Yaritzel M. Reyes Romero

» Posted by | 7 comments



In August 15, 1937, Lolin, as most people call her, was born in Guaynabo, Puerto Rico. Her parents, Nicolas Peréz Camacho, who died at the age of one-hundred, and Narcisa Pollock, who died at the age of ninety-eight, raised her in Barrios Lomas del Sol in Guaynabo with her other twelve siblings. Including Lolin, there were seven girls, and six boys, making her number six in the birth order. Currently, all her sisters are still alive, but only two of her brothers.

I called my grandmother, María Dolores Peréz Pollock, on the phone one day so I could learn more about her life as a policewoman. She was surprised that I was going to write about her. She had never imagined it.

“Grandma, how was your childhood?” I asked her.

“Well, I never had the fun you had in yours because of my father. He was a very strict and proud man. He didn’t let us look at the neighbors or even go out, but I could still play with my dolls. I loved them, and also I liked to jump the jump rope all the time,” she said with a tone that made me think that she was smiling on the other end of the phone.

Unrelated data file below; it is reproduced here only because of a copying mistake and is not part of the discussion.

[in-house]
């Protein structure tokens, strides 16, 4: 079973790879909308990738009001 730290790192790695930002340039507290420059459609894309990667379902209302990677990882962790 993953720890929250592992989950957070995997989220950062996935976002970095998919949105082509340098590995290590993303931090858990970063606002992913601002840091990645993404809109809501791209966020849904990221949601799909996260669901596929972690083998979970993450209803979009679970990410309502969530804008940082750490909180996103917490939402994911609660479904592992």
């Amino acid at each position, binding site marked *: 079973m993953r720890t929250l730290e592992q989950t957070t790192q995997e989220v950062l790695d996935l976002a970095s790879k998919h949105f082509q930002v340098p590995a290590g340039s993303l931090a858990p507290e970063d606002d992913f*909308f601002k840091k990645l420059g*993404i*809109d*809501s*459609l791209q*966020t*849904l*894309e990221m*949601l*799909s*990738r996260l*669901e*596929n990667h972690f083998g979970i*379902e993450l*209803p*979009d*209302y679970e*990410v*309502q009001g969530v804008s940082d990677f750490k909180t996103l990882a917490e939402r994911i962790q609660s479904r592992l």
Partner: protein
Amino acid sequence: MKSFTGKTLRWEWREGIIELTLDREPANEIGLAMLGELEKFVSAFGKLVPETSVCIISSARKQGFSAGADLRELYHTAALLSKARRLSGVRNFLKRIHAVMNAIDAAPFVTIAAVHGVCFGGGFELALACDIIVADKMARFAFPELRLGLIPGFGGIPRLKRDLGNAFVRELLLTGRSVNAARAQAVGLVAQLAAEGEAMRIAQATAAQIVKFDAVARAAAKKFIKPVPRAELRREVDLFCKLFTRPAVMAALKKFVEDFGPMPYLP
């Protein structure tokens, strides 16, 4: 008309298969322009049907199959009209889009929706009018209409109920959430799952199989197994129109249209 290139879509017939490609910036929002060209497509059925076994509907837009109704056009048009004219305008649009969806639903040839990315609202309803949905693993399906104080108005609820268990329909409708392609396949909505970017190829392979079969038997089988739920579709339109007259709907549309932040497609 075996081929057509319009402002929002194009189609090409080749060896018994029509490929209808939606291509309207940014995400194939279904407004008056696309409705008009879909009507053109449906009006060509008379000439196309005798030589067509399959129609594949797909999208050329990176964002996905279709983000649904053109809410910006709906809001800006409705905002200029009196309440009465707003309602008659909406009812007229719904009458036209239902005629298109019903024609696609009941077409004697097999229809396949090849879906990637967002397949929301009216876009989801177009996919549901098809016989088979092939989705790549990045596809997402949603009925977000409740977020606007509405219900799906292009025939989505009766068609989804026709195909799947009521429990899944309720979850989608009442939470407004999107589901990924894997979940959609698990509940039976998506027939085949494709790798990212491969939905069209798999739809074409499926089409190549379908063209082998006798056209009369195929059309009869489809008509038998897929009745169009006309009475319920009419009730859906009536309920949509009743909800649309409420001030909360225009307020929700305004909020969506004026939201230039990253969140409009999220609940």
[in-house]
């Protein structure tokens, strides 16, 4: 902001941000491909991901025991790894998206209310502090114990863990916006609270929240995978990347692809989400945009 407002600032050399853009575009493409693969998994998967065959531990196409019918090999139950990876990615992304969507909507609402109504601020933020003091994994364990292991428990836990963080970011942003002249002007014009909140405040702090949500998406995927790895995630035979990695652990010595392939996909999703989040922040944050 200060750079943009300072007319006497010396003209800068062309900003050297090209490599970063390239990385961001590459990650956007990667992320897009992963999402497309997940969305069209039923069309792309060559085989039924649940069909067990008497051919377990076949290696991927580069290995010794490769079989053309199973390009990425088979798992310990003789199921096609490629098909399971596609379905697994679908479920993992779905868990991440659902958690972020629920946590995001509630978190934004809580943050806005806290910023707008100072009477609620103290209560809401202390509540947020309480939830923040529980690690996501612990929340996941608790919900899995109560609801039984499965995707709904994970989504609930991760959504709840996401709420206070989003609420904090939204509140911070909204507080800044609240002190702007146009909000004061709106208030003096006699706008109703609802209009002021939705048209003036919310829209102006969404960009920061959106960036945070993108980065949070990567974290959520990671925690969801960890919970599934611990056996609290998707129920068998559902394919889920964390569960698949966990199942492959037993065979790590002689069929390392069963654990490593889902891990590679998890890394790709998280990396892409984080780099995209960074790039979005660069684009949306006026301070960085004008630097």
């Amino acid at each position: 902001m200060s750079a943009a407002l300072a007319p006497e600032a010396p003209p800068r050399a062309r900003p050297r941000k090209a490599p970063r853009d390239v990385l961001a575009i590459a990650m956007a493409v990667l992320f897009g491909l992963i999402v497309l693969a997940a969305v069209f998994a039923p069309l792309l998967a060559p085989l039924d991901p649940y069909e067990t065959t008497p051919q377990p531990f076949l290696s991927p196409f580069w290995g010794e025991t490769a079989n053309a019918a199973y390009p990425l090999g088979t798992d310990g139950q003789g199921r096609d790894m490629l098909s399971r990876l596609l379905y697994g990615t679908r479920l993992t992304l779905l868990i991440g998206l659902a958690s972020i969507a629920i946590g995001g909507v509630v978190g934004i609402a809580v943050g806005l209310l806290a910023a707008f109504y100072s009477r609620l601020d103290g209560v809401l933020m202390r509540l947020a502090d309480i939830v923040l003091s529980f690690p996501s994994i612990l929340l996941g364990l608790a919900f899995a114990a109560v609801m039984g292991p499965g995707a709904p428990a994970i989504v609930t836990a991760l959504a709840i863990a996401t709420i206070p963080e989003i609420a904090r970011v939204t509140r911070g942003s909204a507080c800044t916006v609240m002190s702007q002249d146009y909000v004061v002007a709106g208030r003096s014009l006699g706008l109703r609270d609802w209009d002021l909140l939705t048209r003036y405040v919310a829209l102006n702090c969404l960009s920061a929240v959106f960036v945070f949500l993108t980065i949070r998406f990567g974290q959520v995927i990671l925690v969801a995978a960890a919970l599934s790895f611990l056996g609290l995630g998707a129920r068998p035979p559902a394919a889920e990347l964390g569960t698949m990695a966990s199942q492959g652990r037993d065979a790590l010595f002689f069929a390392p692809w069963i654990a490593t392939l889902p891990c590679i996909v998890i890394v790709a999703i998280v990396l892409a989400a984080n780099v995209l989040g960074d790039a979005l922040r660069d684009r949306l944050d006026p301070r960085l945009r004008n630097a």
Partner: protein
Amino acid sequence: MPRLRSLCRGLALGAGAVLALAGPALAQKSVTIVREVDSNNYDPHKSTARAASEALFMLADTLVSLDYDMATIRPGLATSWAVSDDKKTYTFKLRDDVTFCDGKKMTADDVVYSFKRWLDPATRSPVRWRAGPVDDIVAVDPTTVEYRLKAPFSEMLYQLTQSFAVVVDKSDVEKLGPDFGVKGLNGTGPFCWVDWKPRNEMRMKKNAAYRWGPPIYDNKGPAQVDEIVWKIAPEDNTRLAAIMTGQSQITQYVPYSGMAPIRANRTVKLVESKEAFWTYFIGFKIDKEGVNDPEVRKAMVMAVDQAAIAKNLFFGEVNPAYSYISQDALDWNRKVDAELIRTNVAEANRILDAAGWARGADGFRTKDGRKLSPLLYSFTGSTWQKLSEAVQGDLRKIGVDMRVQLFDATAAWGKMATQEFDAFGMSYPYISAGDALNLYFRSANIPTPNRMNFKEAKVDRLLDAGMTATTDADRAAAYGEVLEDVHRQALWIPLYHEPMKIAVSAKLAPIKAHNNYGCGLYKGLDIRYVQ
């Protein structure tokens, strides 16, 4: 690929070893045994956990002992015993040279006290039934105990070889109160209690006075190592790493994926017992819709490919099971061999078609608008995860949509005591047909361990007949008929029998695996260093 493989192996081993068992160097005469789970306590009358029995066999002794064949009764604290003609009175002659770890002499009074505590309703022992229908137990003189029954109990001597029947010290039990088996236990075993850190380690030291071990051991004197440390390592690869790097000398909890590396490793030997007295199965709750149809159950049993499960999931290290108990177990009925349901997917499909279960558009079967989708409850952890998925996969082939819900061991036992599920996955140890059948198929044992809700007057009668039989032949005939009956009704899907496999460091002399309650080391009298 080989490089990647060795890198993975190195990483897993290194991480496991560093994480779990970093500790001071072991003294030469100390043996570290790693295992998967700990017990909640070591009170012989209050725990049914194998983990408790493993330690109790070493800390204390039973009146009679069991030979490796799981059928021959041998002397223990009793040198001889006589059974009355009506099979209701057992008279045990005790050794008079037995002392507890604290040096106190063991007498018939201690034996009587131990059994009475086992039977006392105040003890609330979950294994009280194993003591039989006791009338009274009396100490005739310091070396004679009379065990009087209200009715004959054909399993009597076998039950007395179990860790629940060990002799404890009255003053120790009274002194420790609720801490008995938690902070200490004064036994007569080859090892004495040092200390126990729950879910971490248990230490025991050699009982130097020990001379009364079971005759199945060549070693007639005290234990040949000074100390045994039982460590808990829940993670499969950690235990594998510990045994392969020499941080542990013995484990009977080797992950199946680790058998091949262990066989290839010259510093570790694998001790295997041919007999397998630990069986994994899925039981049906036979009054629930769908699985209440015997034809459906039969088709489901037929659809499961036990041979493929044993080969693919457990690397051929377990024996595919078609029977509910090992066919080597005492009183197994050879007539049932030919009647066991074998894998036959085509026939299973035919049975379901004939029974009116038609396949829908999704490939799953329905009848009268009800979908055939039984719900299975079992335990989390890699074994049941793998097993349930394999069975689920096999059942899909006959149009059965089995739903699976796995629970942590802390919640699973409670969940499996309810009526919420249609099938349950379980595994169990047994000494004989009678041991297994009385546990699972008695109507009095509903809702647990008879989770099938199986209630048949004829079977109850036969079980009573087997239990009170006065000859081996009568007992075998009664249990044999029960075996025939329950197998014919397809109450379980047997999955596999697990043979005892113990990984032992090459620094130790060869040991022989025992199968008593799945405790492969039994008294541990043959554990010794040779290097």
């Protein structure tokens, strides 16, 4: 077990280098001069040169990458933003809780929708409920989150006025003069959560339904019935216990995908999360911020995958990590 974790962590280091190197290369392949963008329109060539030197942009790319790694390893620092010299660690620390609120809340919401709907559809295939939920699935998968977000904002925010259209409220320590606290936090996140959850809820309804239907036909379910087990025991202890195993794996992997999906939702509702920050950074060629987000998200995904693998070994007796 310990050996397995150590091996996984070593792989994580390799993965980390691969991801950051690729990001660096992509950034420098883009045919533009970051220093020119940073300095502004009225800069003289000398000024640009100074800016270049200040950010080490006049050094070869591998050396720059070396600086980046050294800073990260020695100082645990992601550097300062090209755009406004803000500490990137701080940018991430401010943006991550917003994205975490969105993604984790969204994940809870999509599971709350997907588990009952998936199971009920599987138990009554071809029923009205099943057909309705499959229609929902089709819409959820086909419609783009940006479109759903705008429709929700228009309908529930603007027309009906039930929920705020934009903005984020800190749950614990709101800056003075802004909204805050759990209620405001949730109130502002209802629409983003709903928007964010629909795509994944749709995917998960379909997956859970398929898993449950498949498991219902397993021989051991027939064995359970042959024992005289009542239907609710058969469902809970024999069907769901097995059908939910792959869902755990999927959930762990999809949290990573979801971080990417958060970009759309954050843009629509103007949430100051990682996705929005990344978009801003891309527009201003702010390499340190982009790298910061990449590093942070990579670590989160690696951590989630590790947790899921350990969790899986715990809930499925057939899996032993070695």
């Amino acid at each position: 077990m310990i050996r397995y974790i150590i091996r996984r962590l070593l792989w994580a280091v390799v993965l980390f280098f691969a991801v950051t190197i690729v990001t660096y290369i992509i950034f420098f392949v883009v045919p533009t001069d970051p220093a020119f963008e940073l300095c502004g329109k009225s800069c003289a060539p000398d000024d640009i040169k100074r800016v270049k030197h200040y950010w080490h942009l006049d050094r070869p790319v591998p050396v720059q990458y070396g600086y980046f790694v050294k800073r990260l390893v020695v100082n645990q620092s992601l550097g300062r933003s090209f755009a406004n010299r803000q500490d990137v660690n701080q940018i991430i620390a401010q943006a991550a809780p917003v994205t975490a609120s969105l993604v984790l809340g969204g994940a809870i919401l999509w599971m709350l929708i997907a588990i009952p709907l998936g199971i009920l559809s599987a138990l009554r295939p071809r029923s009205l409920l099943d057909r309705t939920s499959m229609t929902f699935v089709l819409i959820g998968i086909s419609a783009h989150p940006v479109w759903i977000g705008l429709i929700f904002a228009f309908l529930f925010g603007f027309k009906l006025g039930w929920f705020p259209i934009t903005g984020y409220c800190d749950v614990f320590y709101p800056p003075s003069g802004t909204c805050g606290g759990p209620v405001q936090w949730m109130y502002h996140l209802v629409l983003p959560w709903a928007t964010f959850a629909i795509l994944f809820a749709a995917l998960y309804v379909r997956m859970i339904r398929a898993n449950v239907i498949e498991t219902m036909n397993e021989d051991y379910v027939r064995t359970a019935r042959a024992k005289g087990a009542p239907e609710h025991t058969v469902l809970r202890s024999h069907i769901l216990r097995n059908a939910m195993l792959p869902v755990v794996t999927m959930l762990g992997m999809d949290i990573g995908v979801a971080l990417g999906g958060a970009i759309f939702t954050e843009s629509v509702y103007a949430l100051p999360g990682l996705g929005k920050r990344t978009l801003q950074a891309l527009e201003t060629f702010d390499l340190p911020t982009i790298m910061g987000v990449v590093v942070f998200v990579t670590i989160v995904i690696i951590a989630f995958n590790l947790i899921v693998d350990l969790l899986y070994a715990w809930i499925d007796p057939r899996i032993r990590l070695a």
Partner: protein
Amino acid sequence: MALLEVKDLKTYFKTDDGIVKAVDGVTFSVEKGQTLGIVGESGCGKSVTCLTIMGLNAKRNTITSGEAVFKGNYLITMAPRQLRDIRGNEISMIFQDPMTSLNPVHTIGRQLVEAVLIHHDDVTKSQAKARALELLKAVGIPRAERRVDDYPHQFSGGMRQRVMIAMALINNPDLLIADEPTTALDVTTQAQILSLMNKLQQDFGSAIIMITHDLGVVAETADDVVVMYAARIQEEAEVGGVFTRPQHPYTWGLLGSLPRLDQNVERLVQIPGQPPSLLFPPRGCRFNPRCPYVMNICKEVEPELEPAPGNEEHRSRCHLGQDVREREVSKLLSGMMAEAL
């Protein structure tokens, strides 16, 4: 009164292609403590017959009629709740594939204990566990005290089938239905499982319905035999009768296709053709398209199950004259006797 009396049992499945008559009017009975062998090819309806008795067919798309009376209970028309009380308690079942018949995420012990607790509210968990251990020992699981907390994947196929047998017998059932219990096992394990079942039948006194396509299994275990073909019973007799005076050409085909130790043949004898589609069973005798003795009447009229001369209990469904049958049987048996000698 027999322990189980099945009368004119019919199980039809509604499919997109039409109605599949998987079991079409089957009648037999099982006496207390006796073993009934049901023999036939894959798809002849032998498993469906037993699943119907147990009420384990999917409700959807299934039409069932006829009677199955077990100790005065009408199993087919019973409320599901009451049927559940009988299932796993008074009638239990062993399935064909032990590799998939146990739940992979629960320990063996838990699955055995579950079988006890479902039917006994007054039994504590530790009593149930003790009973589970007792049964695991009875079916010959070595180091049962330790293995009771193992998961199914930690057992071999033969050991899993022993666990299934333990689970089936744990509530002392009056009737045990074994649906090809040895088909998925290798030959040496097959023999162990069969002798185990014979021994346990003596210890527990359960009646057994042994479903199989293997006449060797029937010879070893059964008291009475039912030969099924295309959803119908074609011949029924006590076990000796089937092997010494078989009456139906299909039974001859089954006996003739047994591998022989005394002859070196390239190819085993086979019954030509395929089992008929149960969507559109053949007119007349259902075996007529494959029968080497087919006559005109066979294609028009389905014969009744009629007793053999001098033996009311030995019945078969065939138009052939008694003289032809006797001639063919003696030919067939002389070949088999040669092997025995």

“Oh, and apart from the jump rope and the dolls, what else did you do to feel satisfied?”

“I felt very satisfied when I went to the Catechism; when I spent time with my school friends and family; and also when I tried to act as a teacher to the littler kids in school. In addition to that, I became one of the Daughters of Maria, a missionary group dedicated to help the poor and needy,” she added proudly.

“And, what about the music, television or other hobbies? Do you have any favorites?” I asked her very interested..

“Well, I love the old music because the stuff you kids listen to these days is weird. But apart from that, I always wished to play an instrument and I didn’t care which one. I liked them all, the piano, the guitar, the cuatro or any other but I never had a chance to learn. As far as television, you already know that I like the soap operas, Cantinflas and La India. Also, I like to read newspapers, books, magazines, Christian reading and obviously the Bible,” she replied with laughter that soon faded.

“Cool!” I expressed, “Any favorite animal?”

“Ha-ha, all of them! But only if they don’t come close to me. But I prefer birds,” she finally said laughing very hard.

“Ha-ha, so true. I knew that!” I join her with a laugh, “But where did you study?”

“Ok, first I went to Mariano Abril School in Guaynabo until middle school. Then I went to José Celso Barbosa Community School in San Juan and later I went to República de Colombia School in Río Piedras where I took commerce classes until I graduated and went directly to the Police Academy to work,” she said.

“I thought that I was the only one who went to a lot of schools. Ha-ha. Anyway, tell me more about the Police Academy,” I added.